A Hackintosh is a computer that runs macOS on non-Apple hardware. Building a Hackintosh can be a great way to get the power and features of a Mac at a lower cost, but it can also be a bit tricky.
In this guide, we will be focusing on building a low-power Hackintosh that can run 24/7 and connect through VNC. By following this guide, you will be able to build a stable and efficient Hackintosh that consumes minimal power while providing optimal performance.
Step 1: Gather the necessary components
Before you start building your Hackintosh, you will need to gather the necessary components. The components that we used for this build are:
- MB MSI H310M-PRO VDH Plus (Check the top Hackintosh Motherboards)
- 16 GB DDR4 3200 Mhz @ 2666 Mhz, 2x8GB Patriot modules
- CPU Core i5 8400T
- Stock cooler from 10/11th gen with copper base
- PSU 450W Sirtec – High Power Eco II
- 1x 512 GB nVMe Intenso SSD (Ventura) + 1x 120 GB SATA WD Green SSD (Monterey)
- Axagon PCIe adapter for SATA and nVMe SSD.
- Check the full Reddit thread here.
It is important to note that the components that we used for this build may not be the best for your specific needs, but they are a good starting point.
Step 2: Install macOS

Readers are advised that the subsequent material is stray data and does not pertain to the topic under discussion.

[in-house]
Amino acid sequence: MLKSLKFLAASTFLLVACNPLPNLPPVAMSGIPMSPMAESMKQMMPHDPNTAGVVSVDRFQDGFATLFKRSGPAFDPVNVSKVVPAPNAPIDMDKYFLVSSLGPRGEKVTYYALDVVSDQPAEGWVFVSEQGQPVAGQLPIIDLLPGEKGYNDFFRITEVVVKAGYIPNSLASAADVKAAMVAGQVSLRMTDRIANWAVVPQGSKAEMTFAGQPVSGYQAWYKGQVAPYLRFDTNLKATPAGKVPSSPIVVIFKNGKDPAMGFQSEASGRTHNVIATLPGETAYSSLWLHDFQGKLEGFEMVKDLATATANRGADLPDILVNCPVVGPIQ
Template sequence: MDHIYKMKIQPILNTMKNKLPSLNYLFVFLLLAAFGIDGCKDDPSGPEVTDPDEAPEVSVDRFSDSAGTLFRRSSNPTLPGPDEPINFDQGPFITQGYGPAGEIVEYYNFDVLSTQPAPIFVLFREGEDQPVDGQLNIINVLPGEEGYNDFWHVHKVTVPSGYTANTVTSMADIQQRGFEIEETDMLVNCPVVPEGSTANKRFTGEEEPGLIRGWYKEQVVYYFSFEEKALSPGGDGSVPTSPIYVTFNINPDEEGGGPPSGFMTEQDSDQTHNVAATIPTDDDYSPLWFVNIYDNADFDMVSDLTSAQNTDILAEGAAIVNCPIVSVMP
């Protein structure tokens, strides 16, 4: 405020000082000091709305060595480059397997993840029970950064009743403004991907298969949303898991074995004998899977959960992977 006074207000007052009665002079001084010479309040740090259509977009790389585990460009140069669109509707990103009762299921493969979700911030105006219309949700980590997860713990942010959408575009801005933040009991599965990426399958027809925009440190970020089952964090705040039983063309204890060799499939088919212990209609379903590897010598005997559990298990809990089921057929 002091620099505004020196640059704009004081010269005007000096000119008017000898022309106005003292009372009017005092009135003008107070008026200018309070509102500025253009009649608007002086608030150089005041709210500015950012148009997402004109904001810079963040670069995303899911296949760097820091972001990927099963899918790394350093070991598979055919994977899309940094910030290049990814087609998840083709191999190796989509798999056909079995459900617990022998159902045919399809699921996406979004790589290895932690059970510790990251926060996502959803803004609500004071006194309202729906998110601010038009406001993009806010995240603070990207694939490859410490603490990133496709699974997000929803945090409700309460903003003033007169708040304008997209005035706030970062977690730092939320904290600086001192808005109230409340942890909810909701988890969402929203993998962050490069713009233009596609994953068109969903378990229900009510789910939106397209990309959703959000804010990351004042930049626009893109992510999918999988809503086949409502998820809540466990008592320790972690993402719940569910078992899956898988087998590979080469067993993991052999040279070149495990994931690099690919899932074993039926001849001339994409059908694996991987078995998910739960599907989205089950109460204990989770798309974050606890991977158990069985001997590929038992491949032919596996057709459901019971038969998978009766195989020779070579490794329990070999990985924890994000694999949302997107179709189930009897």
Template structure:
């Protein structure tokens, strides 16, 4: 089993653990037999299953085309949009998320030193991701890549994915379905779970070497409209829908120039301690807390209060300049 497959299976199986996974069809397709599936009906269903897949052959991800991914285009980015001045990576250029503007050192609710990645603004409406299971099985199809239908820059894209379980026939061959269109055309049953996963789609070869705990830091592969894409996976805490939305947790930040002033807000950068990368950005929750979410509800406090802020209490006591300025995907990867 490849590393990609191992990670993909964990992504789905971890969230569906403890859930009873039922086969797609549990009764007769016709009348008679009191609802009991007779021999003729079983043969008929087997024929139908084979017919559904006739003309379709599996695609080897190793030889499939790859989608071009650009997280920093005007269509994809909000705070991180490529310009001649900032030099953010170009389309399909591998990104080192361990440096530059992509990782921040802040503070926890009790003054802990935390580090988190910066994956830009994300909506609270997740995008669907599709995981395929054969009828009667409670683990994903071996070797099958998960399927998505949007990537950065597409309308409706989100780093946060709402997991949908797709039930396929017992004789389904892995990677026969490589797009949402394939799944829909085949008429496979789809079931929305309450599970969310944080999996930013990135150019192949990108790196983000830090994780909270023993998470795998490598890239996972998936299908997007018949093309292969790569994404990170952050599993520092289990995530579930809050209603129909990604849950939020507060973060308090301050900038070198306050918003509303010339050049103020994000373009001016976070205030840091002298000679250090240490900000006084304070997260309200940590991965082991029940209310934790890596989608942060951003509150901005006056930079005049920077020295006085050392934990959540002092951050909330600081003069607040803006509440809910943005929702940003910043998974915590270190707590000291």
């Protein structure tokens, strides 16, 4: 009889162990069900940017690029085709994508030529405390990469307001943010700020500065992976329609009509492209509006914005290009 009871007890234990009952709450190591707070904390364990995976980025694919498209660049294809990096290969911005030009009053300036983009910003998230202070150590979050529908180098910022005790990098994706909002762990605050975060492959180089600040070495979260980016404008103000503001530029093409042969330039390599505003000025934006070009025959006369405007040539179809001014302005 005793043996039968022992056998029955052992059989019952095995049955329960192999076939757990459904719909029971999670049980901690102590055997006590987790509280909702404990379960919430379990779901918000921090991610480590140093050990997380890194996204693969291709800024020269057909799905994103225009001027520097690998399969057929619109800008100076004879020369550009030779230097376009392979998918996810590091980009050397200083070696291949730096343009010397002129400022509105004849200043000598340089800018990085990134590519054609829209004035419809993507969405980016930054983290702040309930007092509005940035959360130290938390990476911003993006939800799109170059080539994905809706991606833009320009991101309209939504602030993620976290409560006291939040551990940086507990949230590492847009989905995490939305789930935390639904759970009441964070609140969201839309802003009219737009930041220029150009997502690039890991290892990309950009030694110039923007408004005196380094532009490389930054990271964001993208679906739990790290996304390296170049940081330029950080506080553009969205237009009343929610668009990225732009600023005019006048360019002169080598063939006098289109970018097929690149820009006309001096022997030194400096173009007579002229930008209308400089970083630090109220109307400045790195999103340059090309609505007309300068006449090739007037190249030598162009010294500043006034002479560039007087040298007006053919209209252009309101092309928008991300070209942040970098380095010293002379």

The next step is to install macOS on your Hackintosh. This can be a bit tricky, but there are plenty of guides and tutorials available online to help you through the process.
The key is to follow the instructions carefully and make sure that you have all the necessary tools and software.
Step 3: Configure the BIOS
After you have installed macOS, you will need to configure the BIOS. This is a crucial step as it will help ensure that your Hackintosh runs smoothly and efficiently. You will need to make sure that you have the correct settings for your specific hardware.
Step 4: Tweak the settings for power efficiency
In this build, we added igfxonln=1 to boot-args as the display wouldn’t wake up from standby. This is a common issue with UHD 630 Coffee Lake.
To ensure that your Hackintosh consumes minimal power, you should tweak the settings to match your specific hardware.
This can include adjusting the power settings, disabling unnecessary services, and making other optimizations.
Step 5: Measure power consumption
Finally, you will need to measure power consumption. In this build, we used a TP-Link HS110 to measure power consumption when the machine was idle and running Cinebench R23. This will help you identify any areas where you can make further optimizations.
Building a low-power Hackintosh can be a bit tricky, but by following this guide, you should be able to create a stable and efficient machine.
Remember to tweak the settings for power efficiency, and measure power consumption to identify areas for optimization.
Keep in mind that the components used in this guide may not be the best for your specific needs. But with some research, you will be able to find components that will work best for you.
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